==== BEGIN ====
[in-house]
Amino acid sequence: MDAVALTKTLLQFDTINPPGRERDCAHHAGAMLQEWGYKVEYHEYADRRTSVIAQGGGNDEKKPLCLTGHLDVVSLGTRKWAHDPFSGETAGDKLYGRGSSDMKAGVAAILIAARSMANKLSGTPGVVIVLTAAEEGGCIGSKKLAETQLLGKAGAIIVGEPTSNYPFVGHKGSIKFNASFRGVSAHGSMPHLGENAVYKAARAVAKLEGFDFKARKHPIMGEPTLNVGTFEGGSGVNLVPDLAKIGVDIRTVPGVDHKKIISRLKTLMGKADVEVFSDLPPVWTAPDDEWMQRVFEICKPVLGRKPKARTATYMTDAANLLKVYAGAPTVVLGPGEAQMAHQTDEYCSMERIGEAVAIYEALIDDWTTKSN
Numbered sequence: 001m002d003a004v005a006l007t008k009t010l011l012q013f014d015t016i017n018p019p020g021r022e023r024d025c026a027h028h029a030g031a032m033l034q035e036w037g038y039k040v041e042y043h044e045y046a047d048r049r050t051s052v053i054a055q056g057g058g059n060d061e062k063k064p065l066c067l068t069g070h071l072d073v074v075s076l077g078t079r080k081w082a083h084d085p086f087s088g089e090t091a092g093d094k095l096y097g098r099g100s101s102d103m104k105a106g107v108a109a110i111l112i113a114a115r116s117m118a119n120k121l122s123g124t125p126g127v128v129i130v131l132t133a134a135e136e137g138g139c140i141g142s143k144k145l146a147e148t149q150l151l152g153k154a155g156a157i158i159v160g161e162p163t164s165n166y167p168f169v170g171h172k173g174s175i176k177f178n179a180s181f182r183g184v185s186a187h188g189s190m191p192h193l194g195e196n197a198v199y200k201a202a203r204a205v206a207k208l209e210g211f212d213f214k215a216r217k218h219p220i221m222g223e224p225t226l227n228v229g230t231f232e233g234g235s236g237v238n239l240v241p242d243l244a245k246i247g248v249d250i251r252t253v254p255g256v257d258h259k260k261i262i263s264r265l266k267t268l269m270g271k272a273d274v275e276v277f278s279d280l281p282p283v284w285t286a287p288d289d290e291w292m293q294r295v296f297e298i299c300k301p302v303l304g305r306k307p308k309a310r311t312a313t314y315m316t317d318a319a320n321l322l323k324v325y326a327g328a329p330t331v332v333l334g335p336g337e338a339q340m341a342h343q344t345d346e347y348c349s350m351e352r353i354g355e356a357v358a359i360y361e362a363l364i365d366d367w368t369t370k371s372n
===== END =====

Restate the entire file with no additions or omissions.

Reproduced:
[in-house]
Amino acid sequence: MDAVALTKTLLQFDTINPPGRERDCAHHAGAMLQEWGYKVEYHEYADRRTSVIAQGGGNDEKKPLCLTGHLDVVSLGTRKWAHDPFSGETAGDKLYGRGSSDMKAGVAAILIAARSMANKLSGTPGVVIVLTAAEEGGCIGSKKLAETQLLGKAGAIIVGEPTSNYPFVGHKGSIKFNASFRGVSAHGSMPHLGENAVYKAARAVAKLEGFDFKARKHPIMGEPTLNVGTFEGGSGVNLVPDLAKIGVDIRTVPGVDHKKIISRLKTLMGKADVEVFSDLPPVWTAPDDEWMQRVFEICKPVLGRKPKARTATYMTDAANLLKVYAGAPTVVLGPGEAQMAHQTDEYCSMERIGEAVAIYEALIDDWTTKSN
Numbered sequence: 001m002d003a004v005a006l007t008k009t010l011l012q013f014d015t016i017n018p019p020g021r022e023r024d025c026a027h028h029a030g031a032m033l034q035e036w037g038y039k040v041e042y043h044e045y046a047d048r049r050t051s052v053i054a055q056g057g058g059n060d061e062k063k064p065l066c067l068t069g070h071l072d073v074v075s076l077g078t079r080k081w082a083h084d085p086f087s088g089e090t091a092g093d094k095l096y097g098r099g100s101s102d103m104k105a106g107v108a109a110i111l112i113a114a115r116s117m118a119n120k121l122s123g124t125p126g127v128v129i130v131l132t133a134a135e136e137g138g139c140i141g142s143k144k145l146a147e148t149q150l151l152g153k154a155g156a157i158i159v160g161e162p163t164s165n166y167p168f169v170g171h172k173g174s175i176k177f178n179a180s181f182r183g184v185s186a187h188g189s190m191p192h193l194g195e196n197a198v199y200k201a202a203r204a205v206a207k208l209e210g211f212d213f214k215a216r217k218h219p220i221m222g223e224p225t226l227n228v229g230t231f232e233g234g235s236g237v238n239l240v241p242d243l244a245k246i247g248v249d250i251r252t253v254p255g256v257d258h259k260k261i262i263s264r265l266k267t268l269m270g271k272a273d274v275e276v277f278s279d280l281p282p283v284w285t286a287p288d289d290e291w292m293q294r295v296f297e298i299c300k301p302v303l304g305r306k307p308k309a310r311t312a313t314y315m316t317d318a319a320n321l322l323k324v325y326a327g328a329p330t331v332v333l334g335p336g337e338a339q340m341a342h343q344t345d346e347y348c349s350m351e352r353i354g355e356a357v358a359i360y361e362a363l364i365d366d367w368t369t370k371s372n